Saul Plans, Maneuvers, and Oversees; Carrie Does What She Wants: The hour’s opening found Saul visiting Bernard—held in a solitary cell— who is accused of spying and in no position to argue when Saul demands his help getting two Israeli Mossad agents in on the assassination plot. Saul matter-of-factly explains he wouldn’t even be talking to “the greaseball who fucked my wife” if he didn’t expect Bernard’s cooperation; Saul’s disgust is not wasted. While Brody is being grilled for three days by the Iranian Revolutionary Guard, Saul’s manipulation helps Carrie, who has once again planted herself in the middle of the action. As he watches (along with Quinn, Adal and Lockhart) most every move play out via satellite, Saul advises Carrie. Well, he advises as much as one can advise Carrie, who still takes it upon herself to not follow orders at her own discretion. As off the charts crazy as she has become, it’s nearly impossible to believe that even Saul would let Carrie continue in her role. At the same time, she’s been so completely enmeshed in every aspect of Brody’s CIA connection, no one else knows the guy as well as she does. Carrie points out to Saul, she’s been right about Brody all along, and who can argue with that? As disconnected as Carrie has become in some ways, her sixth sense kicked in at the exact right moments, and may have changed the course of Brody’s actions yet again. Saul led the meetings, gave his orders, and kept Carrie aware of up to the minute goings-on, but still, he was impotent. Thousands of miles away, the two most unpredictable and dangerous people were really in charge, and as unpredictable events unfolded, they were the powder kegs waiting to blow.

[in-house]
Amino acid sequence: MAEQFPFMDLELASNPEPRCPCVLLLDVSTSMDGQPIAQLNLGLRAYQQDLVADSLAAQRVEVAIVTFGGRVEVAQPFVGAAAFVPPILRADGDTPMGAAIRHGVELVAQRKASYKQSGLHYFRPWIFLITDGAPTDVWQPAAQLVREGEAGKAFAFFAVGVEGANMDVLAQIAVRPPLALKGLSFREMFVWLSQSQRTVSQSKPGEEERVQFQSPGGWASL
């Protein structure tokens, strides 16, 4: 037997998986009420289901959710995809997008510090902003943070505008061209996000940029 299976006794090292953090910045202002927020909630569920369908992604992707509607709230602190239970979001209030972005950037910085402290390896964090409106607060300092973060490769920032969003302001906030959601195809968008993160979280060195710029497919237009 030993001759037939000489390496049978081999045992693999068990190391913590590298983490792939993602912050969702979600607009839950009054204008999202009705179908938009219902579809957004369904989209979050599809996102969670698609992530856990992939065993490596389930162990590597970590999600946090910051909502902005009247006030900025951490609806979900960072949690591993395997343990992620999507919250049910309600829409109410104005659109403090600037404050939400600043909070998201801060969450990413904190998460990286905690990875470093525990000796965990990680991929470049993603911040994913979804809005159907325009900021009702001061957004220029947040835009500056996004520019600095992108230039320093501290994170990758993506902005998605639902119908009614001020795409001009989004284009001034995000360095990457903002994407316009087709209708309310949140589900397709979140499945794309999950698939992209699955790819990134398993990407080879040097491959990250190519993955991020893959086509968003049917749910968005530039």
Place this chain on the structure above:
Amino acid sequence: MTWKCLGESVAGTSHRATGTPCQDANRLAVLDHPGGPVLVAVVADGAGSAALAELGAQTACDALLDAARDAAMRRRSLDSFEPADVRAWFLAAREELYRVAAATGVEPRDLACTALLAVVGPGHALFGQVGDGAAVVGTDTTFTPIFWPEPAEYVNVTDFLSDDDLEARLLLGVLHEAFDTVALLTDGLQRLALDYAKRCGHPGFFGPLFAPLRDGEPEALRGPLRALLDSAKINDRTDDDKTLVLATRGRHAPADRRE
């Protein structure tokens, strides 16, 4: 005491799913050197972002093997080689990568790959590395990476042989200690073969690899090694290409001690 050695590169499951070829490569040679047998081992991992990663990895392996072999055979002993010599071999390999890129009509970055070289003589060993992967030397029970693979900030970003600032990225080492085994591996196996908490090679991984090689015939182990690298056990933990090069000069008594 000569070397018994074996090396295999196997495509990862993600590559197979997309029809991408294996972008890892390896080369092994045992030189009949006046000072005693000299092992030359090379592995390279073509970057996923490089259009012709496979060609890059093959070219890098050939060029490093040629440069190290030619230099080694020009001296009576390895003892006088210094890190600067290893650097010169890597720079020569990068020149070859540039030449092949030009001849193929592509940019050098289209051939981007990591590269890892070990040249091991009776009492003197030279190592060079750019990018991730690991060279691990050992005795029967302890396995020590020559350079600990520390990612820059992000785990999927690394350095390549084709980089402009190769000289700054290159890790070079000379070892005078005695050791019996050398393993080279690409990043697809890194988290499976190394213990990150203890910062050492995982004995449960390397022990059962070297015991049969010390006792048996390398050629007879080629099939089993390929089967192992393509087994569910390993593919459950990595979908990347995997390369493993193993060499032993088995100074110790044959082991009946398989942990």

Carrie Is Inexplicably Calm, Cool and Collected: When last Carrie donned her head scarf she suffered anxiety and panic attacks; this time—no worries. Other than that moment of finally realizing, Yes, Carrie, There Is a Baby, and a few deep breaths, our girl was utterly solid. She never once let the men she met with control conversations. Carrie set Fara’s uncle at ease, met with the Assassination Assistants (AAs), and didn’t completely freak out when two men waiting for her at the hotel escorted her to the basement. The real question is why no one else thought sending Carrie to Iran was an impossible risk—is it just me who thinks Carrie’s recent publicity wouldn’t have gone unnoticed in Iran? If someone had seen and recognized her, the connection to Brody could have been made—especially when she was in such close proximity to the meeting between Brody and head of the Revolutionary Guard, General Akbari (Houshang Touzie). Even though everything about the meetup changed, Carrie still believed Brody would know what to do when he heard the diversion explosion, and when everything went to shit, Carrie’s resolve held fast. While she’s intermittently naive about Brody, Carrie was able to read Saul’s cues, get a phone to her baby daddy, and save his life…for the time being, anyway.